Born in Zimbabwe, Hannah Simba finished her high school studies before completing a BSc in Biomedical Sciences at the University of Kwa-Zulu in South Africa. She then took a degree in chemical pathology and a Master’s in environmental health.
She is currently studying the role of genetic and environmental factors in the development of oesophageal cancer for her PhD at Stellenbosch University (South Africa). It is one of the most aggressive cancers in the world, and also one of the least studied in Africa, whose countries are among the most affected by the disease, along with China.
A passion for research
Simba’s interest in medical research was sparked from an early age by her natural inquisitiveness. She says that she was always an observant person, “interested in how things work, and how nature works, how the body functions”.
She remembers that she was encouraged to discover the world around her for herself. “Research is basically asking a question and getting an answer,” she explains. “That’s why I enjoy it so much today, because it answers a lot of the important questions that we have.”
When it comes to role models, Simba immediately cites the influence of her mother, among the many women in her life that have inspired her.
“She encouraged me to ask questions, and I think that definitely played an important role,” she says. “I think that’s also one of the issues that affect young girls, not having the support that you need, not only from your teachers, but the community around you. So I think that my mother definitely played a part in shaping my chosen field.”
That field has been to join the pan-African quest to understand what Simba describes as “a very strange and peculiar distribution worldwide” of oesophageal cancer.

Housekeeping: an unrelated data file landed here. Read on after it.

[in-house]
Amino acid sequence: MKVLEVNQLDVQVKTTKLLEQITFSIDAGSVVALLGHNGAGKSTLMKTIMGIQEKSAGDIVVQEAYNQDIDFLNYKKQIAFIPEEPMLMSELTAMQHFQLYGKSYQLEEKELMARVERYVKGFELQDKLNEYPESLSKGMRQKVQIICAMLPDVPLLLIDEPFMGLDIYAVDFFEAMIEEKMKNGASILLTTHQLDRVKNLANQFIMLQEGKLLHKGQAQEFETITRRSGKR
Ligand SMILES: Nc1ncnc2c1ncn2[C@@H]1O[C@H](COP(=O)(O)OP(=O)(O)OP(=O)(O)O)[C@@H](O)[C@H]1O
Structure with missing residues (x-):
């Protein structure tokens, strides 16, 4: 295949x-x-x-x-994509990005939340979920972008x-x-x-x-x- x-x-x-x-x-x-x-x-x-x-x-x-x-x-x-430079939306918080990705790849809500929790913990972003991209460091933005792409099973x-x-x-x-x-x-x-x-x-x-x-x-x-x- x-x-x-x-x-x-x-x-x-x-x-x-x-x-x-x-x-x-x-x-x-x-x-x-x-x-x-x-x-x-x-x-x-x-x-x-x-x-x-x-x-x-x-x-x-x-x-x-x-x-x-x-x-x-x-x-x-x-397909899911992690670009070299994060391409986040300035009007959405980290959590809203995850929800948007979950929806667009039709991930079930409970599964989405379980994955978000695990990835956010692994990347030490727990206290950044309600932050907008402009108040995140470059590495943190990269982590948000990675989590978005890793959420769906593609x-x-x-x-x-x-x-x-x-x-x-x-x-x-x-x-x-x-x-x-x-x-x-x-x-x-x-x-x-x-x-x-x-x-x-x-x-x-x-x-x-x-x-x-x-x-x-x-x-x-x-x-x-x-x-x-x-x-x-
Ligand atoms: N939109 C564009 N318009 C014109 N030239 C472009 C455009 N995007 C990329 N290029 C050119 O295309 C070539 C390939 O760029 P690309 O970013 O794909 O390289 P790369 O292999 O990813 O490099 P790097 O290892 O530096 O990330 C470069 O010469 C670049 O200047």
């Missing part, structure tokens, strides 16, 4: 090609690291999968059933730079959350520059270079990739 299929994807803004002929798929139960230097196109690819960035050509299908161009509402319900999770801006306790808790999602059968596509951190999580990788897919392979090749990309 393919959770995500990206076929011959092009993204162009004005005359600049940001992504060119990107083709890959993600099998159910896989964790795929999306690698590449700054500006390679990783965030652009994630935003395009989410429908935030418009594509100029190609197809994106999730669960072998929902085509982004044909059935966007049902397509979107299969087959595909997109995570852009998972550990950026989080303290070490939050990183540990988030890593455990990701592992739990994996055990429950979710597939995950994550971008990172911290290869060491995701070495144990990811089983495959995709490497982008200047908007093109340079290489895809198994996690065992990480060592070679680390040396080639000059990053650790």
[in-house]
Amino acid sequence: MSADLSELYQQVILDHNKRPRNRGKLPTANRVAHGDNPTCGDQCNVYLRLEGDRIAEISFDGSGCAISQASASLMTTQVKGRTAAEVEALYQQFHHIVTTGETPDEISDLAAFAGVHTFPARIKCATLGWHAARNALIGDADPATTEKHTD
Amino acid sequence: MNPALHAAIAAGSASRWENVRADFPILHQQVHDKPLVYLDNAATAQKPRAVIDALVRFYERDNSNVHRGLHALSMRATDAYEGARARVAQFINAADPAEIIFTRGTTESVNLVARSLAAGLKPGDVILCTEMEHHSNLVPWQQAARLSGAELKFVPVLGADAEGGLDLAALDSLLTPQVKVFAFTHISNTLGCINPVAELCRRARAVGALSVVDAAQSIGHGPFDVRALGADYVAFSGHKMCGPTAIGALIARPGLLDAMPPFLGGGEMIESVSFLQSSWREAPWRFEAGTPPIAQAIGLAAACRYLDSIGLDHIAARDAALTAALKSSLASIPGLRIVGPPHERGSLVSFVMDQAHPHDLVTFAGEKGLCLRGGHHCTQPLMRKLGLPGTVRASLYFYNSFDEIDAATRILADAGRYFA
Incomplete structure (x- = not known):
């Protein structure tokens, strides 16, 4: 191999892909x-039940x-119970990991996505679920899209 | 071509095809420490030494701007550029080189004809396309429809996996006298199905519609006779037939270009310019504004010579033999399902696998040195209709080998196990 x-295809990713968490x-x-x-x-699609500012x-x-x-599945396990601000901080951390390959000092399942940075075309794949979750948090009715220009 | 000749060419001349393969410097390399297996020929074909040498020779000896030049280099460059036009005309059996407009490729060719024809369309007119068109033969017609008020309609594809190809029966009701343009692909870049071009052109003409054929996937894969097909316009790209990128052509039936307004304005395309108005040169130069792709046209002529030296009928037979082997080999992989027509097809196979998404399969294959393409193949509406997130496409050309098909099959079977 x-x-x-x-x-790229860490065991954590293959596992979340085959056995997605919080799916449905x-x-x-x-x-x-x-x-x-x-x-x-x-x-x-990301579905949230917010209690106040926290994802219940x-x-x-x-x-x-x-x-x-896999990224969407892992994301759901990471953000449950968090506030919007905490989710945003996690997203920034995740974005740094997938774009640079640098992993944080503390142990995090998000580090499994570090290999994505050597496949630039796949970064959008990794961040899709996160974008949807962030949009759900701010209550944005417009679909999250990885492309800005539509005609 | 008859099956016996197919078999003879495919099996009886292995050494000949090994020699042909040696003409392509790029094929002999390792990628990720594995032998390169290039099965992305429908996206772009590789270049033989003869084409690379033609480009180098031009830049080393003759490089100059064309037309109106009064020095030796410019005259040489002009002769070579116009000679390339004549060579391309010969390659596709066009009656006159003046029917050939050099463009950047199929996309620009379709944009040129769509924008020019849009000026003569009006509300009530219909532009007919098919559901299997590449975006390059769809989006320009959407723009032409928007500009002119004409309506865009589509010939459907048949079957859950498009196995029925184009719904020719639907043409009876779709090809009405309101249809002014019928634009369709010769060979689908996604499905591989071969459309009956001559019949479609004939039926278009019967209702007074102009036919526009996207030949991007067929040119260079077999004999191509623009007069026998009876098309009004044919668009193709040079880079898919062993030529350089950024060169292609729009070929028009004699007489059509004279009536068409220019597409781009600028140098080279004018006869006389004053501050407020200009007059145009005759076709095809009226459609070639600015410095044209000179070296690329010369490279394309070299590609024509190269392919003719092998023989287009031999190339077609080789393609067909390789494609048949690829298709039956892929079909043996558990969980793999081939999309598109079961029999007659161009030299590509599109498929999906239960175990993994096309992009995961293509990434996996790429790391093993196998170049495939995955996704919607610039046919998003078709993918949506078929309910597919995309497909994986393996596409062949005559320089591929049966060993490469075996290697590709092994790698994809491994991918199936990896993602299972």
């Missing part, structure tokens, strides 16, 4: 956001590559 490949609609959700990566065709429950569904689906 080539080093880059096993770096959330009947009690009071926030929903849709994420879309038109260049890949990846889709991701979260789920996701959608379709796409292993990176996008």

Oesophageal cancer is a cancer that afflicts the digestive passage between mouth and stomach – the oesophagus is otherwise known as the ‘food pipe’ or gullet.
“In Africa, it’s more prevalent in what’s called the ‘oesophageal cancer corridor’ that runs from Ethiopia down to Kenya, on the eastern side of Africa, down to southern Africa – Malawi, Zimbabwe, and South Africa.
“Right now Malawi is actually number one in the incidence rate worldwide. We have still not really figured out why it’s more prevalent in that region.”
Researchers like Simba are trying to define the root causes of this particular cancer and how it might be prevented or treated. There is speculation that a mostly maize-based and micronutrient-deficient diet may be a factor.
“We need locally led research,” Simba says, “and that is what my research is trying to focus on, to identify the risk factors. So I’m looking at any genetic and environmental risk factors that are associated with oesophageal cancer.
“And I’m also looking at gene- environment interactions to see if they there are environmental factors that trigger a genetic risk. What that will give us is some risk factors that we can pass on to policy-makers or other stakeholders to say: ‘This is the risk factor, can we do something about it to ease the burden of disease in this population?’
“I think science plays an important role in Africa, and we need government to fund scientific research. We still lag behind in terms of scientific advancements and innovations. And we have a lot of potential and a lot of talent. We still need a lot more funding in Africa to drive that.”
Looking to the future and how best to encourage more girls to go into science, she pays homage to those women that have come before and urges girls to take inspiration from them.
“A lot of women that have come before you have done amazing work. So as the cliché goes, ‘You’re literally standing on the shoulders of giants’. And you just have to be to work hard and be brave – and, don’t doubt yourself. You can do it. There’s nothing that you can’t do!”
The Covid-19 challenge
Simba’s attitude towards the Covid-19 pandemic outbreak is stark, and mirrors that of many other minority groups across the world.
“It’s evident,” she says, “that in South Africa those groups already suffering from discrimination are being increasingly exposed to the epidemic.
“As a researcher, I realise that socio-economic status really affects not just Covid-19, but a lot of other diseases. People are at risk of a lot of other diseases because they live in close proximity to each other, and have a limited access to health care.”